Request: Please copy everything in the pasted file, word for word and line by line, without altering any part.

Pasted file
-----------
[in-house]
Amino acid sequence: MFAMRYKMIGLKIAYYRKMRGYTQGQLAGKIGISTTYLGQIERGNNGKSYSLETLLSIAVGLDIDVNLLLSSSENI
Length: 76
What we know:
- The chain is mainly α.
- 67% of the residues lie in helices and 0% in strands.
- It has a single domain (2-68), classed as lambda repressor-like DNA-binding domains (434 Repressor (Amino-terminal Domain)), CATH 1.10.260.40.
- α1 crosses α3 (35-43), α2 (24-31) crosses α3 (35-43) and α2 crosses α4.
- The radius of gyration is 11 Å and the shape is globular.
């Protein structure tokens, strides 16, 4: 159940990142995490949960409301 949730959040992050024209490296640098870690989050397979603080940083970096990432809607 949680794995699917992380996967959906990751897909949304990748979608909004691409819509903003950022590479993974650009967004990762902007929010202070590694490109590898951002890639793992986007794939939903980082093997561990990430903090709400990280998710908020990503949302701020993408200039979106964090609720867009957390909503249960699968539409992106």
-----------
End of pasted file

[in-house]
Amino acid sequence: MFAMRYKMIGLKIAYYRKMRGYTQGQLAGKIGISTTYLGQIERGNNGKSYSLETLLSIAVGLDIDVNLLLSSSENI
Length: 76
What we know:
- The chain is mainly α.
- 67% of the residues lie in helices and 0% in strands.
- It has a single domain (2-68), classed as lambda repressor-like DNA-binding domains (434 Repressor (Amino-terminal Domain)), CATH 1.10.260.40.
- α1 crosses α3 (35-43), α2 (24-31) crosses α3 (35-43) and α2 crosses α4.
- The radius of gyration is 11 Å and the shape is globular.
């Protein structure tokens, strides 16, 4: 159940990142995490949960409301 949730959040992050024209490296640098870690989050397979603080940083970096990432809607 949680794995699917992380996967959906990751897909949304990748979608909004691409819509903003950022590479993974650009967004990762902007929010202070590694490109590898951002890639793992986007794939939903980082093997561990990430903090709400990280998710908020990503949302701020993408200039979106964090609720867009957390909503249960699968539409992106």